She Touched the World: Laura Bridgman, Deaf-Blind Pioneer
She Touched the World: Laura Bridgman, Deaf-Blind Pioneer

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Annotation: Biography of Laura Bridgman, who, after losing her hearing, sight, and sense of smell at a young age, paved the way for future generations of children with disabilities.
Catalog Number: #26405
Format: Perma-Bound Edition from Publisher's Hardcover
Publisher: Houghton Mifflin
Copyright Date: 2008
Edition Date: 2008
Pages: xi, 100 p.
Availability: Special Order Only - Contact Customer Service at +1 800 637-6581 or +1 217 243-5451
ISBN: Publisher: 0-618-85299-9 Perma-Bound: 0-605-19134-4
ISBN 13: Publisher: 978-0-618-85299-4 Perma-Bound: 978-0-605-19134-1
Dewey: 921
LCCN: 2007034978
Dimensions: 26 cm.
Language: English
Reviewing Agencies:
School Library Journal Starred Review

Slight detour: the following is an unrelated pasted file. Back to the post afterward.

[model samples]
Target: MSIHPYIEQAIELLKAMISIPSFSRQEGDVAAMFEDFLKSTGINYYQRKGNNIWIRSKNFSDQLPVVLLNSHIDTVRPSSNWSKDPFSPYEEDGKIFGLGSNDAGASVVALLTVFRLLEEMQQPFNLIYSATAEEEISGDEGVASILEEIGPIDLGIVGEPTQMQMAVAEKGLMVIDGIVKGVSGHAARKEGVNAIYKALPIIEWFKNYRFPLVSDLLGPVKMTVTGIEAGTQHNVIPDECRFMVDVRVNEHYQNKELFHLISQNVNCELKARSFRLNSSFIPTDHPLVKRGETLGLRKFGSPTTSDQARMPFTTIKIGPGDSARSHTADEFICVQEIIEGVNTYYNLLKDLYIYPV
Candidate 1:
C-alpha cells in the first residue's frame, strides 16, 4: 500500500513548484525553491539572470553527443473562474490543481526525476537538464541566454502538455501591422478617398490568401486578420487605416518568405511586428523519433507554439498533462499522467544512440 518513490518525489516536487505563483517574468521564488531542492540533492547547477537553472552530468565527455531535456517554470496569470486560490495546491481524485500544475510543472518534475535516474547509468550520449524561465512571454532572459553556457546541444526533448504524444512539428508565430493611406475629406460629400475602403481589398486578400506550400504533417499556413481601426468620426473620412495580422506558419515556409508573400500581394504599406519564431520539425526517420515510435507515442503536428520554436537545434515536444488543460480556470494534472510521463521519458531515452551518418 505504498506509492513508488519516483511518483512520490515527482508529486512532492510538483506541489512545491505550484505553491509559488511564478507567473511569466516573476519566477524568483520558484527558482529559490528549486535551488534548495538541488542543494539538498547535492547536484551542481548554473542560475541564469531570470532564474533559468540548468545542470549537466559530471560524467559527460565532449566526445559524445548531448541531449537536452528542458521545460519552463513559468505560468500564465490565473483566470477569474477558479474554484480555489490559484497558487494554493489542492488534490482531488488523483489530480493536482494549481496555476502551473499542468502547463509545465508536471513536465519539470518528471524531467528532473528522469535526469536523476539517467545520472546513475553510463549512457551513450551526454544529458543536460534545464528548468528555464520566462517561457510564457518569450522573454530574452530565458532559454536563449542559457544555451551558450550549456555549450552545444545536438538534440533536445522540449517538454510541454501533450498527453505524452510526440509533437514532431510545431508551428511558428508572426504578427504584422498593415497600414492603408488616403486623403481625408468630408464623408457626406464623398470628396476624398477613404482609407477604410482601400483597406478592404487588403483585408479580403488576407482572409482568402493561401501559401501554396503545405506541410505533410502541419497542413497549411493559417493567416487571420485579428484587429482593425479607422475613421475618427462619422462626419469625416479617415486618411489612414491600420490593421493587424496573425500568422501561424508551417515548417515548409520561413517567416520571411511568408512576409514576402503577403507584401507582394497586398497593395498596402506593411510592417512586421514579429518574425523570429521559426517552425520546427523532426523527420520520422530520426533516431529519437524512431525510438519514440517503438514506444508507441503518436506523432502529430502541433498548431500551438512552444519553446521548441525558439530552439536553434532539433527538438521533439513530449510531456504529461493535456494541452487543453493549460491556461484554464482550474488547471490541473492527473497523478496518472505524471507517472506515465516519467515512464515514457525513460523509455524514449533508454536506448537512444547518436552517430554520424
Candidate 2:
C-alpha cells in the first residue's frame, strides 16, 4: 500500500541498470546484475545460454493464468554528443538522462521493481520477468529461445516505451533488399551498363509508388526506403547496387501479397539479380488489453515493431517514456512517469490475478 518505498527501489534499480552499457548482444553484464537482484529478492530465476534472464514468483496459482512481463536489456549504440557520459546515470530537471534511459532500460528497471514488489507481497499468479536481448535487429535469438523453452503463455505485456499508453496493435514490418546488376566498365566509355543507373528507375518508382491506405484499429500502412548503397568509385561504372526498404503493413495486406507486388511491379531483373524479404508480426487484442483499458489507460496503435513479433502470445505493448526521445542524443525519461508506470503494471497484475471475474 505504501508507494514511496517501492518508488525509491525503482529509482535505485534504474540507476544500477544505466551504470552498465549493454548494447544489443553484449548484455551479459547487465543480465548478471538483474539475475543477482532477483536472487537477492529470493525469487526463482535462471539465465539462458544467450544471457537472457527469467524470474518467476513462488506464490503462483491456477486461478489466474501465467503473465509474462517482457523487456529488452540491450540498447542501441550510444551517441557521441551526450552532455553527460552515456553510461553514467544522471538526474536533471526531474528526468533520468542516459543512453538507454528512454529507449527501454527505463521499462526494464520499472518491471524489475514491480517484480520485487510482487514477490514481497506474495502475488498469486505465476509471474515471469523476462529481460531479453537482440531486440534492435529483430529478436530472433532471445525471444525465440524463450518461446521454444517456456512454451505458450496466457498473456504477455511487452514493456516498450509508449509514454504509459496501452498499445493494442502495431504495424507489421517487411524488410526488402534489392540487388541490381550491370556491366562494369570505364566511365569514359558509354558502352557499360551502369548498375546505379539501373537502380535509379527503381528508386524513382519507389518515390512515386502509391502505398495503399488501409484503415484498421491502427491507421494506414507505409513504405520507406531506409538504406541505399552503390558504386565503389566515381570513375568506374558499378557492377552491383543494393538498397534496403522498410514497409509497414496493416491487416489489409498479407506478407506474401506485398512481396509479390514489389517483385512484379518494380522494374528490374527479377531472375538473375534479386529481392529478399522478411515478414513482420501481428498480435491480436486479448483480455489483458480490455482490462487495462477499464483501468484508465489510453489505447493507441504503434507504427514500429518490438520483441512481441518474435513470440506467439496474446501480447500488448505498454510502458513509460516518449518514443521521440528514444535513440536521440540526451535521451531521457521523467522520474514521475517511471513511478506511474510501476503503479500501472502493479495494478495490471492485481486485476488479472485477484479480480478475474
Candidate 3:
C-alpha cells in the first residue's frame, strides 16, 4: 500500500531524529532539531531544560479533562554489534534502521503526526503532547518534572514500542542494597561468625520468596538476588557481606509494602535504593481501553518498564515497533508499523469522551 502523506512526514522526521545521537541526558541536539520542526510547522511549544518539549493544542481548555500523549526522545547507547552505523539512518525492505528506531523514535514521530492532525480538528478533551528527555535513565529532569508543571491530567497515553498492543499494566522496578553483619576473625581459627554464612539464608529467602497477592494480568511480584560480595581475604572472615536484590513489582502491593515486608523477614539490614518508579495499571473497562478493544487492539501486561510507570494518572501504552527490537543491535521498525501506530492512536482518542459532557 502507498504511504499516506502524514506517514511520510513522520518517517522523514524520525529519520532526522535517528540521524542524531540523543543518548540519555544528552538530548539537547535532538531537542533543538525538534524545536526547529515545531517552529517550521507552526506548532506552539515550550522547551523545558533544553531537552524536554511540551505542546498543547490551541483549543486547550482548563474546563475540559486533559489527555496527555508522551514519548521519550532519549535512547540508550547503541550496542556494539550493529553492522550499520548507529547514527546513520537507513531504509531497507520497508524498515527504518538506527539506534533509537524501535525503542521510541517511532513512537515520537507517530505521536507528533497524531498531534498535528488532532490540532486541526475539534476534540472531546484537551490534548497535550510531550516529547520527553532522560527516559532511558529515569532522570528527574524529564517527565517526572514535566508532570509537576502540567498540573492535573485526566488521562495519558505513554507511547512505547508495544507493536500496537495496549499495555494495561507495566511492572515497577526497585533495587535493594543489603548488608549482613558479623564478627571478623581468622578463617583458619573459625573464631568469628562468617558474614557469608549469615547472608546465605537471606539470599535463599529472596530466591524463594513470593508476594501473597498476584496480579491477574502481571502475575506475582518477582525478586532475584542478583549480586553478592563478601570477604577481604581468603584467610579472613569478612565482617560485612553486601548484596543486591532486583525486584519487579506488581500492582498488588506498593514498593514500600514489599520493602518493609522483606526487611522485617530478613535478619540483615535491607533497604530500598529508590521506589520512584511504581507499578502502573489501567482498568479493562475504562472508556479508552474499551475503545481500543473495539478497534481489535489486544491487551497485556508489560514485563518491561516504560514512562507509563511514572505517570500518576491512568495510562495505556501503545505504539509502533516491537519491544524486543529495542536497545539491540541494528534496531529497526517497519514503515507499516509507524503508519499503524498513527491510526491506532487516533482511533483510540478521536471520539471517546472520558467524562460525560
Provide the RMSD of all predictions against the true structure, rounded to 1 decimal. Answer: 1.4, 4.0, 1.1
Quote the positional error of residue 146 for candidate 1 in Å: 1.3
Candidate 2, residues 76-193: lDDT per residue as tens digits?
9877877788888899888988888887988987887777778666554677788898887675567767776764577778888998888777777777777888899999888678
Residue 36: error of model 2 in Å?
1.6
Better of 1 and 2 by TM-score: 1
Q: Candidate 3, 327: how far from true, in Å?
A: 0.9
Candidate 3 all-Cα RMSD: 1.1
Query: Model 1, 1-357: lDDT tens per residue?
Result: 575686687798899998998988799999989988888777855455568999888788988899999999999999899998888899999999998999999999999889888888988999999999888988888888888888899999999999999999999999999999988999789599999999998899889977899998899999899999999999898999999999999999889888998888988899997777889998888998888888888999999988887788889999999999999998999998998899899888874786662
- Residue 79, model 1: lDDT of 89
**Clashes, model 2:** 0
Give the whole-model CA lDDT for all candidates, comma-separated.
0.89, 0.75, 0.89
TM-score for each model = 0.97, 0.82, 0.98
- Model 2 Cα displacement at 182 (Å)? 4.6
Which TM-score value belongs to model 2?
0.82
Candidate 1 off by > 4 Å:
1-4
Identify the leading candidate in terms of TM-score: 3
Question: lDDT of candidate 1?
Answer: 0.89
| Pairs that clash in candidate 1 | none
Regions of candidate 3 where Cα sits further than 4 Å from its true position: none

ALA Booklist (Sat Mar 01 00:00:00 CST 2008)
Horn Book
Kirkus Reviews
Wilson's Children's Catalog
Wilson's High School Catalog
Wilson's Junior High Catalog
Bibliography Index/Note: Includes bibliographical references (pages 85-96) and index.
Word Count: 14,478
Reading Level: 6.9
Interest Level: 4-7
Accelerated Reader: reading level: 6.9 / points: 2.0 / quiz: 120558 / grade: Middle Grades
Reading Counts!: reading level:6.8 / points:5.0 / quiz:Q43319
Lexile: 990L

When she was just two years old, Laura Bridgman lost her sight, her hearing, and most of her senses of smell and taste. At the time, no one believed a child with such severe disabilities could be taught to communicate, much less lead a full and productive life. But then a progressive doctor, who had just opened the country's first school for the blind in Boston, took her in. Laura learned to communicate, read, and write--and eventually even to teach. By the age of 12, she was world famous. Audiences flocked to see her, and she was loved and admired by children everywhere. This fascinating and moving biography shows how Laura Bridgman paved the way for future generations of children with disabilities, making possible important advances in the way they would be educated. As a blind person with some hearing loss, Sally Hobart Alexander lends a unique and intimate perspective to this inspiring account. At last, the story of Laura Bridgman can find its long-deserved place alongsidethose of Louis Braille and Helen Keller.